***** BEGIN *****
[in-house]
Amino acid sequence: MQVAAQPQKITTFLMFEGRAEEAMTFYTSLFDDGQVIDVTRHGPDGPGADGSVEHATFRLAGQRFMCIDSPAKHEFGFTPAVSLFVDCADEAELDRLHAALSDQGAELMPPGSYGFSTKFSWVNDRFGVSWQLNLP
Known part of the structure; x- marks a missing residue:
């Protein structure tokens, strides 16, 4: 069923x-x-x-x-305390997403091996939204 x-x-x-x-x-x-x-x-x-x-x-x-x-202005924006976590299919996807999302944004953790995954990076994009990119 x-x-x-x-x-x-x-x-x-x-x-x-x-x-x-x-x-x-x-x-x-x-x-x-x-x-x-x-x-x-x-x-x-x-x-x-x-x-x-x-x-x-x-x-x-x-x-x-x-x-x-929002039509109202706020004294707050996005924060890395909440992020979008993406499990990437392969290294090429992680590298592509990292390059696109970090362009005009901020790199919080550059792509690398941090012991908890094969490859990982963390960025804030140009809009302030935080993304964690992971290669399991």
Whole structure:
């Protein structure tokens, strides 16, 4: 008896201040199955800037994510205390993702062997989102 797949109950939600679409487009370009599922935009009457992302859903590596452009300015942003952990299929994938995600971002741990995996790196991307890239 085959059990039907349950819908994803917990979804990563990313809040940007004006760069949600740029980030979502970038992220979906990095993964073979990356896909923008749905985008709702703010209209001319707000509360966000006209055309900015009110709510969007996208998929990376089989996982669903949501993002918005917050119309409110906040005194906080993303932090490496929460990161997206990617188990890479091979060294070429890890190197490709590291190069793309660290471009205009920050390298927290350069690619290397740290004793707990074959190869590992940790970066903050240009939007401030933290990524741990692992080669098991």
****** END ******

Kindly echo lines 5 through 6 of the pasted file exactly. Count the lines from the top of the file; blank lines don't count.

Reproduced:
Whole structure:
């Protein structure tokens, strides 16, 4: 008896201040199955800037994510205390993702062997989102 797949109950939600679409487009370009599922935009009457992302859903590596452009300015942003952990299929994938995600971002741990995996790196991307890239 085959059990039907349950819908994803917990979804990563990313809040940007004006760069949600740029980030979502970038992220979906990095993964073979990356896909923008749905985008709702703010209209001319707000509360966000006209055309900015009110709510969007996208998929990376089989996982669903949501993002918005917050119309409110906040005194906080993303932090490496929460990161997206990617188990890479091979060294070429890890190197490709590291190069793309660290471009205009920050390298927290350069690619290397740290004793707990074959190869590992940790970066903050240009939007401030933290990524741990692992080669098991």